Hopworks receives another eco-friendly distinction

Portland-based brewery is first to be recognized as a SalmonSafe Certified business.

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Portland-based Hopworks Urban Brewery is the first of its kind to be recognized as a SalmonSafe Certified business.

The site of HUB’s brewery and original brewpub was certified through Salmon-Safe’s Urban Development Certification Program. Since 2004, Salmon-Safe certified urban projects include the Nike World Headquarters campus, Portland State University, Oregon Museum of Science & Industry (OMSI) and others. Salmon-Safe also works with more than 450 West Coast farms and vineyards to certify for clean water and habitat restoration. They seek to have the same impact in the craft beer sector.

“Hopworks has inspired the Salmon-Safe hops movement by seeking certified hops in beers like the IPX series. Now they take a powerful next step by becoming the first Salmon-Safe certified brewery site,” said Dan Kent, Salmon-Safe Co-Founder and Executive Director. “Joining with Hopworks means that we are working with a national environmental leader in craft beer. We anticipate that breweries across the West Coast will follow their lead in transforming how brewing sites and operations impact local watersheds.”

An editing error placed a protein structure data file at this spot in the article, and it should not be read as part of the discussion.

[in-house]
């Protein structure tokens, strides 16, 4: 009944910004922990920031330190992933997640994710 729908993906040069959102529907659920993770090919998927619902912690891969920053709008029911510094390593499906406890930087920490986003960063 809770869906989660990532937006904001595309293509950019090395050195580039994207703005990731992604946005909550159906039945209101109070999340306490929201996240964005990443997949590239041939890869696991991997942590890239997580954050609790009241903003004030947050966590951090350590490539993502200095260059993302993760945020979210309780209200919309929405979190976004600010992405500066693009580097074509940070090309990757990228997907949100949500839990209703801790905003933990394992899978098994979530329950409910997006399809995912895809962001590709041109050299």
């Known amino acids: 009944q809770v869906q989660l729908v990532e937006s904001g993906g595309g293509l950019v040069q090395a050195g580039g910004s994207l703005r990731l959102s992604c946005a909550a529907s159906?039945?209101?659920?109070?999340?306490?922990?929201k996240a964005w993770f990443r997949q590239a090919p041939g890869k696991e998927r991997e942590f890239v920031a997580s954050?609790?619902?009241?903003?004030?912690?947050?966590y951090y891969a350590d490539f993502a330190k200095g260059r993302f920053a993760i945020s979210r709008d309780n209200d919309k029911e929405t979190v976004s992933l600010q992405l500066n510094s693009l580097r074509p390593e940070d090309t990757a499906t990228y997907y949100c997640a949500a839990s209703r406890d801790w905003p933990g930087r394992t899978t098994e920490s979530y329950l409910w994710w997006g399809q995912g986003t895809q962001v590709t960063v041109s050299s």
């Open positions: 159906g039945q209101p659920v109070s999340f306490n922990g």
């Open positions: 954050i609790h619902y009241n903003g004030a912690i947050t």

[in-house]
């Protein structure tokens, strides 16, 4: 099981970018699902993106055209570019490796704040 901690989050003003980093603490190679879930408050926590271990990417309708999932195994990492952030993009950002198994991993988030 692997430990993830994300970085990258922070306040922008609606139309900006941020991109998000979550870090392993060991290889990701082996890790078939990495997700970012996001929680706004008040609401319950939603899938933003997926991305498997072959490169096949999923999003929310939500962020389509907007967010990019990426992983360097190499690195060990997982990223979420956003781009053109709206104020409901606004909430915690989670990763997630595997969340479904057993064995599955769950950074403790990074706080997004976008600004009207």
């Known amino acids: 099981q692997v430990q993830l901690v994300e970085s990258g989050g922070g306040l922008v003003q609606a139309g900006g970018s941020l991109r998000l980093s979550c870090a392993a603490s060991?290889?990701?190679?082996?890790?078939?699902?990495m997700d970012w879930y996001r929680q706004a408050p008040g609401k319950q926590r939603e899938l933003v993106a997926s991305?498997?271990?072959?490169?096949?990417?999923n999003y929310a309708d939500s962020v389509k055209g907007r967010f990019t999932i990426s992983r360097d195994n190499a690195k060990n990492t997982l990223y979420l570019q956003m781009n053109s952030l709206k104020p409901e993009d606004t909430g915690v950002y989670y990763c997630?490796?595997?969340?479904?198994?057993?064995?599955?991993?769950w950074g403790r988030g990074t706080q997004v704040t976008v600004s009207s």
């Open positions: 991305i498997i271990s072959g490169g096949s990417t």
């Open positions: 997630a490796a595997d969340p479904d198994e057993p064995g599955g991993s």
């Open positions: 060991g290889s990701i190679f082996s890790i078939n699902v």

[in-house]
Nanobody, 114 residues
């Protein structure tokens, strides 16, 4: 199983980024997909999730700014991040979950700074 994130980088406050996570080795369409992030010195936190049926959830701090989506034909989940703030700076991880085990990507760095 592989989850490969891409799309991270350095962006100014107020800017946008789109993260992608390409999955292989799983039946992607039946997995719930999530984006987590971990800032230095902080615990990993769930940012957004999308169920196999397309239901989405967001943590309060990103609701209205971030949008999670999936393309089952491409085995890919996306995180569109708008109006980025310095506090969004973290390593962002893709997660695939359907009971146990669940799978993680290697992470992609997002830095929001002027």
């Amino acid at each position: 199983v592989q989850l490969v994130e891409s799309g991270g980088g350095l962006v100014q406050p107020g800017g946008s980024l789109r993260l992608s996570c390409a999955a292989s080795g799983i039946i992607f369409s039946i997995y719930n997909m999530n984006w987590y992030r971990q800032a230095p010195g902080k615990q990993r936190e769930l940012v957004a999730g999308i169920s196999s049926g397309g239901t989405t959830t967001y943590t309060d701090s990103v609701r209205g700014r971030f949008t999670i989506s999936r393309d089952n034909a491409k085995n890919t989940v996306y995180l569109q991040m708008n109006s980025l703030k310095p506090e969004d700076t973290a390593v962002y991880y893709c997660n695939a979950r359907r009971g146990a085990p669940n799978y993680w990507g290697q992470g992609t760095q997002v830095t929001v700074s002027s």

(SOURCE: Brewpublic)

HUB has already earned B-Corporation status for its sustainable practices and is in a group of breweries collaborating to aid Oregon Wild.

“Hopworks has long recognized the relationship between clean and abundant water and great beer,” Ettinger says. “Using Salmon­Safe hops was a first step. Now we that we have received our Salmon­Safe Site Certification we can ensure that all water leaving our campus is fit for the fish and the people of the Pacific Northwest.”

HUB, founded in 2007 as an “eco-brewery,” was assessed on its overall development and maintenance practices of stormwater management, water use management, chemical and pesticide reduction, water quality protection, and enhancement of urban ecological function. An annual review will ensure the site reaches the goal of treating 100 percent of stormwater on site in the course of five years, up from the current 25 percent.

(SOURCE: Portland Tribune)

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